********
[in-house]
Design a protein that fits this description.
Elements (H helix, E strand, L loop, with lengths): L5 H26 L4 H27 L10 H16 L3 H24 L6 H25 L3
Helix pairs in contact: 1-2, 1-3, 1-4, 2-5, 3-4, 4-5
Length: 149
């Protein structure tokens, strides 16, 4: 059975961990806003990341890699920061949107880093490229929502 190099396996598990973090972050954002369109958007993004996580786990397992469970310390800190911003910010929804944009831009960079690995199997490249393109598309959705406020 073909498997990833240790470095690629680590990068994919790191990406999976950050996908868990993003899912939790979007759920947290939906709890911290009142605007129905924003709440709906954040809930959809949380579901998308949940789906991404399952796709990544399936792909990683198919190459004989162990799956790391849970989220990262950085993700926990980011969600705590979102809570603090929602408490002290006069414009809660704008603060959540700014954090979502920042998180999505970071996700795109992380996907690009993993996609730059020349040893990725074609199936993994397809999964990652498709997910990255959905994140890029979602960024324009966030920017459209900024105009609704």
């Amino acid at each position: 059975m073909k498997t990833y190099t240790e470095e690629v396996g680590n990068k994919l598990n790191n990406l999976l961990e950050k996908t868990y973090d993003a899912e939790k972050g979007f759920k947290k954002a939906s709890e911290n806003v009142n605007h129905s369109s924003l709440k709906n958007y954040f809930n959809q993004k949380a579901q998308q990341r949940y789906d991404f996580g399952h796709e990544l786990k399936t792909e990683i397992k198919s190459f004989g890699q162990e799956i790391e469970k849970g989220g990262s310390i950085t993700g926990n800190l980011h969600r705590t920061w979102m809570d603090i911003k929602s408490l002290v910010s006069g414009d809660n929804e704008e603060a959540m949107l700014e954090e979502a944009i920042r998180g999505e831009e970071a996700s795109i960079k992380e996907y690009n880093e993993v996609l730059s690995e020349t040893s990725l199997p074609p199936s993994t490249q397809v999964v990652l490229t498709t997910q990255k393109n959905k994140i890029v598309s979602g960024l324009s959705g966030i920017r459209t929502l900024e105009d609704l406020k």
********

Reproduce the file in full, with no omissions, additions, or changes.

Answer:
[in-house]
Design a protein that fits this description.
Elements (H helix, E strand, L loop, with lengths): L5 H26 L4 H27 L10 H16 L3 H24 L6 H25 L3
Helix pairs in contact: 1-2, 1-3, 1-4, 2-5, 3-4, 4-5
Length: 149
């Protein structure tokens, strides 16, 4: 059975961990806003990341890699920061949107880093490229929502 190099396996598990973090972050954002369109958007993004996580786990397992469970310390800190911003910010929804944009831009960079690995199997490249393109598309959705406020 073909498997990833240790470095690629680590990068994919790191990406999976950050996908868990993003899912939790979007759920947290939906709890911290009142605007129905924003709440709906954040809930959809949380579901998308949940789906991404399952796709990544399936792909990683198919190459004989162990799956790391849970989220990262950085993700926990980011969600705590979102809570603090929602408490002290006069414009809660704008603060959540700014954090979502920042998180999505970071996700795109992380996907690009993993996609730059020349040893990725074609199936993994397809999964990652498709997910990255959905994140890029979602960024324009966030920017459209900024105009609704």
């Amino acid at each position: 059975m073909k498997t990833y190099t240790e470095e690629v396996g680590n990068k994919l598990n790191n990406l999976l961990e950050k996908t868990y973090d993003a899912e939790k972050g979007f759920k947290k954002a939906s709890e911290n806003v009142n605007h129905s369109s924003l709440k709906n958007y954040f809930n959809q993004k949380a579901q998308q990341r949940y789906d991404f996580g399952h796709e990544l786990k399936t792909e990683i397992k198919s190459f004989g890699q162990e799956i790391e469970k849970g989220g990262s310390i950085t993700g926990n800190l980011h969600r705590t920061w979102m809570d603090i911003k929602s408490l002290v910010s006069g414009d809660n929804e704008e603060a959540m949107l700014e954090e979502a944009i920042r998180g999505e831009e970071a996700s795109i960079k992380e996907y690009n880093e993993v996609l730059s690995e020349t040893s990725l199997p074609p199936s993994t490249q397809v999964v990652l490229t498709t997910q990255k393109n959905k994140i890029v598309s979602g960024l324009s959705g966030i920017r459209t929502l900024e105009d609704l406020k």